Monday 25th of June 2018

The greater meaning of meaninglessness...


Dictionary: meaninglessness is described as without meaning, significance, (purpose, or value; purposeless); insignificant:  a meaningless reply; a meaningless existence.

Are we afraid of meaninglessness?…

A million little pains at once
A million little joy
A million details 
A million ideas
a single misunderstanding

The clock has run out of tic-toc

Un milione di piccoli dolori allo stesso tempo
Un milione di piccole gioie

Un milione di dettagli

Un milione di idee

un singolo equivoco

L'orologio ha esaurito il tic-toc

This poem by the pseudo-Italian Faccconi Blatanto (1900-1967) illustrates the human search for meaning. And absolute meaning there is none. 

I placed (purpose, or value; purposeless) between parenthesis as "meaning" and "purpose" contain two very distinct ideas, thus the dictionary is annoyingly ambiguous.

One of my good reference books tells me that the quote below: 

The real sin against life is to abuse and destroy beauty. Above all one’s own, for that has been put in our care and we are responsible for its well-being.
    ... came from Pliny The Elder.

There is a noble sentiment in these lines. It could be an artifice of translation to introduce the concept of sin and that of having been given the responsibility. Here we need to define “sin” and “responsibility” in the context of what we do in regard to nature, to ourselves and to each others. This is meaningless unless we accept that we have made it our purpose to look after life, including nature, rather than the task “being given to us" by a god.
As we evolved, we developed the ability to protect or destroy on a grander scale than just catch a prey to feed ourselves. And this became our choice when faced with various circumstances. There is no sin. There is no evil, just the sensations of doing something painful or joyful to ourselves or to others — and to nature — until our personal clock runs out of tic-toc.
Then our well-organised matter that gave us consciousness goes back into the pile of disorganised atomic dust. We are no more.

But on the net, Brainy quotes attributes this very Pliny quote to Katherine Anne Porter.

So I am a bit lost as to the origin of this quote which I would like to be by Pliny the Elder, because he was a famous student of nature. 

Pliny also admired Laocoön and his Sons, a sculpture about the priest Laocoön to whom Virgil attributes the famous lines:

Equō nē crēdite, Teucrī 
Quidquid id est, timeō Danaōs et dōna ferentēs”,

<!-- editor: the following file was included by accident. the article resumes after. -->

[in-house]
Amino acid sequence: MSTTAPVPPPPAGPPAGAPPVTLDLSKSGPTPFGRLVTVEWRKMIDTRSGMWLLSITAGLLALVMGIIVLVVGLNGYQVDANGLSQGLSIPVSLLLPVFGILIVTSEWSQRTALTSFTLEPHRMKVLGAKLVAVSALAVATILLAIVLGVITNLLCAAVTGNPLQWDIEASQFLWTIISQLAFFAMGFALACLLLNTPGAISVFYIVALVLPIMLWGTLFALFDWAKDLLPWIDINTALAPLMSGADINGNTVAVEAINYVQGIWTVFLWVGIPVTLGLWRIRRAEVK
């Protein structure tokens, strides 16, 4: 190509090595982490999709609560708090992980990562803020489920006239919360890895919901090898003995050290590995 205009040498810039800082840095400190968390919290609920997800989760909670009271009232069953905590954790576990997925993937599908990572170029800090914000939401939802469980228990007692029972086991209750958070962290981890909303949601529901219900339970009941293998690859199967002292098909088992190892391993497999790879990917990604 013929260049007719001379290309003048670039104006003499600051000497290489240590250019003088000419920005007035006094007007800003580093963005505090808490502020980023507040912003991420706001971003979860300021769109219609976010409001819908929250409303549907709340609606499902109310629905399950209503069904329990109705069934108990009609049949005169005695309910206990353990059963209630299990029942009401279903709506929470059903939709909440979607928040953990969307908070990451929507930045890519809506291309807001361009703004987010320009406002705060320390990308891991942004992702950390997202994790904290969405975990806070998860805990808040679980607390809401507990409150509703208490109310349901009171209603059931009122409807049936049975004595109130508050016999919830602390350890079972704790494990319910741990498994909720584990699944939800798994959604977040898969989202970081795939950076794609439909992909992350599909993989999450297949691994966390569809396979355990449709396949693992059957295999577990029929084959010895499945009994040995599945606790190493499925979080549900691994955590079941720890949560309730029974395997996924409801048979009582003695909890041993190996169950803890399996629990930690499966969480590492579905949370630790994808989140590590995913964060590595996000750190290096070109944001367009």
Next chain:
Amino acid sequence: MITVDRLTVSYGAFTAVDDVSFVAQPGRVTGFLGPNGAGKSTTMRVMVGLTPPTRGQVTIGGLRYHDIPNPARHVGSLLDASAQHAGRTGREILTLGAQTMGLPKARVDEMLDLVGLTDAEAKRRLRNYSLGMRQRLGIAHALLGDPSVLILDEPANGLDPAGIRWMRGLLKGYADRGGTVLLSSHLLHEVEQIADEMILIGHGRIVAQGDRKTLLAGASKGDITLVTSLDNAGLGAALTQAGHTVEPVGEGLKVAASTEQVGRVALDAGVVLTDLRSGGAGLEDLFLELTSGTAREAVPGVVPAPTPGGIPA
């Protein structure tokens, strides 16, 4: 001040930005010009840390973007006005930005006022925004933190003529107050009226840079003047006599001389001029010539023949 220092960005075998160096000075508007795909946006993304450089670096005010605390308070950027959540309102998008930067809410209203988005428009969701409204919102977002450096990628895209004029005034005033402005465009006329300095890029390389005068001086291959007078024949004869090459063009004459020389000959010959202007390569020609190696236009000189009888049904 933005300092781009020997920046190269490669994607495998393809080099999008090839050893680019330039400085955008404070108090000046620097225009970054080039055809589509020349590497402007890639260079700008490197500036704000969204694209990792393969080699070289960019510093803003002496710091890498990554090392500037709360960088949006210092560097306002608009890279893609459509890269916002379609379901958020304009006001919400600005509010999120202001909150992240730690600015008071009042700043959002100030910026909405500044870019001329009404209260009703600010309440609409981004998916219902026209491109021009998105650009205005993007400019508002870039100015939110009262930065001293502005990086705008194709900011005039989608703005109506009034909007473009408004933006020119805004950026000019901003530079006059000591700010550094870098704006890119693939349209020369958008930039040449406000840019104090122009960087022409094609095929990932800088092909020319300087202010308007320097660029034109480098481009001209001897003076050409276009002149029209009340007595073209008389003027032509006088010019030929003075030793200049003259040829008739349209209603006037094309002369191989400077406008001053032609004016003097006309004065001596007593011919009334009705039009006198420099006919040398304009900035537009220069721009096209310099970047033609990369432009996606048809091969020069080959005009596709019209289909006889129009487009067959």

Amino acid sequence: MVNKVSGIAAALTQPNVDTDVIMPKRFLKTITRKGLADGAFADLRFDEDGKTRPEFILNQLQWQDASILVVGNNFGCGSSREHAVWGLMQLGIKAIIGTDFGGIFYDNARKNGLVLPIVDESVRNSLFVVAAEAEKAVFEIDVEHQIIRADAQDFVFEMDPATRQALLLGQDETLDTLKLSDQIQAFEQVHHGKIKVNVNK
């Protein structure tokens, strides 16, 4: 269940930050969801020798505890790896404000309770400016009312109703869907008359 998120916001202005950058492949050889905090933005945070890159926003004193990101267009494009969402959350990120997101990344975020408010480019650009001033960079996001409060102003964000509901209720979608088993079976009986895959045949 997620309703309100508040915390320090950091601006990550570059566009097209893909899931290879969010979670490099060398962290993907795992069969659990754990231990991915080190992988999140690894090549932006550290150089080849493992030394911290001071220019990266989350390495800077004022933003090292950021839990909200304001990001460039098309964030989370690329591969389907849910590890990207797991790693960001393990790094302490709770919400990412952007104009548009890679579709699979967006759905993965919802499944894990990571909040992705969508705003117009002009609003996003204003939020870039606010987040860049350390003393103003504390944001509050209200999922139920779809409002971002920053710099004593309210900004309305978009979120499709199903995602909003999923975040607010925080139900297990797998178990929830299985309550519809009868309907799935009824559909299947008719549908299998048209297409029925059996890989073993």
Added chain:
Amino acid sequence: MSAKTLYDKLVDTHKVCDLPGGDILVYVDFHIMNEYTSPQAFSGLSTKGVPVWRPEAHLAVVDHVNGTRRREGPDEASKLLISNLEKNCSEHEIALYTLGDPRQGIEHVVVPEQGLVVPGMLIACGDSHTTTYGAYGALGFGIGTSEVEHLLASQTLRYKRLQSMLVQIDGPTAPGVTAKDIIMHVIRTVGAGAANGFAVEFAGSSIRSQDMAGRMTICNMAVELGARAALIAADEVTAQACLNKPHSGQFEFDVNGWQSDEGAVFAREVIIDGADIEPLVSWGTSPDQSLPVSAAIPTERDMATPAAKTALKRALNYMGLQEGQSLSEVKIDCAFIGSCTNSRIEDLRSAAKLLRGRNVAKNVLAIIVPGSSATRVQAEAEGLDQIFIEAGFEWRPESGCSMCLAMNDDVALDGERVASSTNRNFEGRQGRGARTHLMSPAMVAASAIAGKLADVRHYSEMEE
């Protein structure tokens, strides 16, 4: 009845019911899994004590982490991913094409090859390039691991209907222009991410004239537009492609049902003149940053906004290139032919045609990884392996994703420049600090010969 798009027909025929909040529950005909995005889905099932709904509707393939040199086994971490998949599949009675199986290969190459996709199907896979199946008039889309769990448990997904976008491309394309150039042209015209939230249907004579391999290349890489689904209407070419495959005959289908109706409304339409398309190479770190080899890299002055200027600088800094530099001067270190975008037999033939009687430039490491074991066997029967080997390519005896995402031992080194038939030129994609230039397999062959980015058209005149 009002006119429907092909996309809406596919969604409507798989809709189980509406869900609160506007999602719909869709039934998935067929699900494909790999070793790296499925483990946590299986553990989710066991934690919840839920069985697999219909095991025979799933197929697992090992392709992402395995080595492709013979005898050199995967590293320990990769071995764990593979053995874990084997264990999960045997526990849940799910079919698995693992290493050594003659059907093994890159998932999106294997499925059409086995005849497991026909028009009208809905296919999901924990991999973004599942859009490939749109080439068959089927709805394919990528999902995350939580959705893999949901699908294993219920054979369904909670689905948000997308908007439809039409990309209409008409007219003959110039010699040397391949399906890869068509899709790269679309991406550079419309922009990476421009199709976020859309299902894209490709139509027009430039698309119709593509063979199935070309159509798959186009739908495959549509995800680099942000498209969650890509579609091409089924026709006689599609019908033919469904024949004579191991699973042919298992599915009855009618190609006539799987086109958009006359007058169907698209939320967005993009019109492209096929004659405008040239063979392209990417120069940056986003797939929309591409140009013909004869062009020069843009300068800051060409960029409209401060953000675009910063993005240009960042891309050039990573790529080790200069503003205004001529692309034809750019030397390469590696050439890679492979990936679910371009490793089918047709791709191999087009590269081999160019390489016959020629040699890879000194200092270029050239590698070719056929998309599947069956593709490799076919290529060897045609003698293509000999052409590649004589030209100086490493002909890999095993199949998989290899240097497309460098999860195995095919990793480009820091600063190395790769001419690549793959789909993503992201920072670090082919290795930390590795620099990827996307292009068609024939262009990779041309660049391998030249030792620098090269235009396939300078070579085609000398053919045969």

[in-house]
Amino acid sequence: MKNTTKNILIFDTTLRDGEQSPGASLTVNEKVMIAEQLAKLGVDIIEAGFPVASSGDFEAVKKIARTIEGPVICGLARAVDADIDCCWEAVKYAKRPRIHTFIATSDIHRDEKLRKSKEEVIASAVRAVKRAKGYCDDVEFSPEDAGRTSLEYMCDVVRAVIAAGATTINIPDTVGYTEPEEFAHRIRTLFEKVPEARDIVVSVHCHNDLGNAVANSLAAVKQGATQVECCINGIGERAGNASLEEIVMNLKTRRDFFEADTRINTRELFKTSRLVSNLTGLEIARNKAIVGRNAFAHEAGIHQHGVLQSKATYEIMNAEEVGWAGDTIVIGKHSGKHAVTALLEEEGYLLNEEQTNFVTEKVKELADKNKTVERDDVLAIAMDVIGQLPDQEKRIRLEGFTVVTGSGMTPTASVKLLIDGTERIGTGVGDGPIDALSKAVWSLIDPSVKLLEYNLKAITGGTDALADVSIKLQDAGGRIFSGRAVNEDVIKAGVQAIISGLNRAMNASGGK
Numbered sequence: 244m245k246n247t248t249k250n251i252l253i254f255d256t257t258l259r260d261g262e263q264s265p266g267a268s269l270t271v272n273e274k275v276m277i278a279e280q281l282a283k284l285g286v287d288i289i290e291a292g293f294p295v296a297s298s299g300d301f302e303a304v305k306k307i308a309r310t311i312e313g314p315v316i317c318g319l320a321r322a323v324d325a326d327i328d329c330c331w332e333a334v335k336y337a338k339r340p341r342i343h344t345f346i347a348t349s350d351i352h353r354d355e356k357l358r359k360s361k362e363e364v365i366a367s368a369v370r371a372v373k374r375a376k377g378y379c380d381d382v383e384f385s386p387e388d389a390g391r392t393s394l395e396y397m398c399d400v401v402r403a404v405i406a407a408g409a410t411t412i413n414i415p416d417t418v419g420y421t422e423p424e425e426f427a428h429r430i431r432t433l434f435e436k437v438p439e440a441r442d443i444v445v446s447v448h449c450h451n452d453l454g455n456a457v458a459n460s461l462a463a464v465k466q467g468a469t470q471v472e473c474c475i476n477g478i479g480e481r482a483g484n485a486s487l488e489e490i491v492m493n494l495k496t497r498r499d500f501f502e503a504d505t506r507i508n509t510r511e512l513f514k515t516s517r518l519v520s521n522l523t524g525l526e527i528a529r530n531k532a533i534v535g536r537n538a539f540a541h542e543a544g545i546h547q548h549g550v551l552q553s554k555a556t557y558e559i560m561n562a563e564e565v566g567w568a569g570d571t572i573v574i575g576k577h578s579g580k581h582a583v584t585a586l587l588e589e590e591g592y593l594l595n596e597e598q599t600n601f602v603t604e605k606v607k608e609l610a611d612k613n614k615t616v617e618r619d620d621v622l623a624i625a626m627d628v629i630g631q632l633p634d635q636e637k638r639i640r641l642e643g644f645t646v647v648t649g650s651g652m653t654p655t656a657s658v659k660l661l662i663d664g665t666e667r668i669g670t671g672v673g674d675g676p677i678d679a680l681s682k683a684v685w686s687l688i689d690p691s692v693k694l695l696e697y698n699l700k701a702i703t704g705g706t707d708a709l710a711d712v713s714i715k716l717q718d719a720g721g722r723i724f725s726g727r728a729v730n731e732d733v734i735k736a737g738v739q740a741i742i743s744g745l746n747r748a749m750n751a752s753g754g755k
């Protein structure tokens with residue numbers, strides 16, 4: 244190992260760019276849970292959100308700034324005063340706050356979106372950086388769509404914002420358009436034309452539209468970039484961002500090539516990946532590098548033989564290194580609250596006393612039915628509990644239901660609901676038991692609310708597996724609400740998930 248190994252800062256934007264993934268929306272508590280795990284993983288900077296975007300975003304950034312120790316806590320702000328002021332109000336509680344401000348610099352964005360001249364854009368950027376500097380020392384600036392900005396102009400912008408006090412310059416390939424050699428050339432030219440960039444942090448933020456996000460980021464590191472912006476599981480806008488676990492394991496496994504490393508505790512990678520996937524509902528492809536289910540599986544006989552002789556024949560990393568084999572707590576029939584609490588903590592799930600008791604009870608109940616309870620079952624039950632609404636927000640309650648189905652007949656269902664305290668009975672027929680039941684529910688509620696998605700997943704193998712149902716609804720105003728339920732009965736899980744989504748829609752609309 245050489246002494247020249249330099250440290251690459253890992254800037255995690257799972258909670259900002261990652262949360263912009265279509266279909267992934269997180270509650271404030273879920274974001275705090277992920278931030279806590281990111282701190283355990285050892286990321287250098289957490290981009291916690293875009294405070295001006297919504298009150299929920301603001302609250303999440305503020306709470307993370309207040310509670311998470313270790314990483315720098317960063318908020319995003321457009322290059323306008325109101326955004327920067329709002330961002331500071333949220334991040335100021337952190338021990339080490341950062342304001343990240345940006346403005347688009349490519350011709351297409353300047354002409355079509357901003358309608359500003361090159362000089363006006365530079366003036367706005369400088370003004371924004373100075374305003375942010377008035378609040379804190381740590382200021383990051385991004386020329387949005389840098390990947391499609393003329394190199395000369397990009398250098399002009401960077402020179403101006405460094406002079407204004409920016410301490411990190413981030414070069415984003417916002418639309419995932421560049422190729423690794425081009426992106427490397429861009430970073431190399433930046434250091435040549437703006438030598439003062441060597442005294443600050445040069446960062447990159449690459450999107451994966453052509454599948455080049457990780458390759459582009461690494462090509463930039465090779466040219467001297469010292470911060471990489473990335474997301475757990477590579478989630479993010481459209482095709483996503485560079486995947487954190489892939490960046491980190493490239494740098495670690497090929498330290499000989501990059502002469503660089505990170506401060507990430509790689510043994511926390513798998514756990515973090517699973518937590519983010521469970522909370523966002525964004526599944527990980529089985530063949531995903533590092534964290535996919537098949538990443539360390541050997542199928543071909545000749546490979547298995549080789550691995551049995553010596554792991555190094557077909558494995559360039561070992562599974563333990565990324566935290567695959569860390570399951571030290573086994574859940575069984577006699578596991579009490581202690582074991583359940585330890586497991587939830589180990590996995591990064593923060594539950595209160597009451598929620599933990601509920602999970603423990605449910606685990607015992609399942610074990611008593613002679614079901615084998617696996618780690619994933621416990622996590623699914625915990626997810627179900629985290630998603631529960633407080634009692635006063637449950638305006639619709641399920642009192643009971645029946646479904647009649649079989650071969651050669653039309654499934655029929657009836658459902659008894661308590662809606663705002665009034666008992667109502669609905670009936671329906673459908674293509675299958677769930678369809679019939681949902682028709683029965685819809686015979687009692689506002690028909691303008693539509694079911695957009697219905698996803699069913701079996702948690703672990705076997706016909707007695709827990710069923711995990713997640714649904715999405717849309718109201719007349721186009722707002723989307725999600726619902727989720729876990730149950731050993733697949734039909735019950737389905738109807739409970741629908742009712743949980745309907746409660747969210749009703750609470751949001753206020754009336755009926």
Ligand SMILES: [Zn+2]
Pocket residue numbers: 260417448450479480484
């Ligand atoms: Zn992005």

"Do not trust the Horse, Trojans
Whatever it is, I fear the Greeks even bearing gifts.” 

This is the source of the saying: "Beware of Greeks bearing gifts.”

This impressive sculpture, carved most likely between 68 BC and 27 BC, though some scholars place it at more than 200 BC — one of the best ever existential sculpture in my opinion — is now in the hands of the Vatican. It somehow represents "suffering with no reward” — or should I be bold “living with no meaning". 

Pliny attributed the work, displayed in the palace of Emperor Titus, to three Greek sculptors from the island of Rhodes: Agesander, Athenodoros and Polydorus, but Pliny does not give a date nor patron. This sculpture is considered "one of the finest examples of the Hellenistic baroque” in the traditional style. But it could have been a copy. It is one of the most famous ancient sculptures we know of, since it was excavated in Rome in 1506.
Why would the Vatican hold onto this gripping piece? The Vatican is a commercial enterprise that sells to us, mere mortals, the concept of “suffering with reward" — the reward of an eternal life next to god, should we believe in god.
Over centuries, the Vatican boffins have done their best to appropriate other religious and pagan rituals to mash them into their own interpretations of life, ultimately using the suffering of Jesus Christ as the motivation for us to accept life as it is not. 

Life has no meaning, but we can chose our purpose in our management thereof.
Democratically, our next important step is to debunk the illusion of god and to understand (or accept) the intricacies of life's mechanics through scientific investigations, in which the profound relationships between complex molecules are essential. These relationships are what give us our choices, to be well or not, receptive or aggressive, until our last tic-toc.
Simple, yet complex.

One of our major purpose is to choose between peace and war. The molecular and animalistic relationships that sustain meaningless life are often in conflict with each other, while others, including conciliators, are allied against the “conflictors”. The ramifications are enormous and are very difficult to manage at our level without delusions, in which we torture psychology and philosophy to squeeze meaning out of what we do.

It is my strong view that our social structures based on religious dictums — the West and the Middle-East especially — need to evolve and accept meaningless purposeful responsibility, rather than absolutism, as an equal humanistic purpose for all, to live in peace. With not any meaning left in this evolution, we could extract a better life for most, possibly for all of us, while managing the "conflictors" in our favour — minimising the suffering.

This would be the greater meaning of meaninglessness: our chosen purpose in a meaningless universe. What a singular responsibility of choice.

Gus the Elder
Your local old kook

laocoön and his sons...

Laocoön and his SonsLaocoön and his Sons

the modern trojan horses...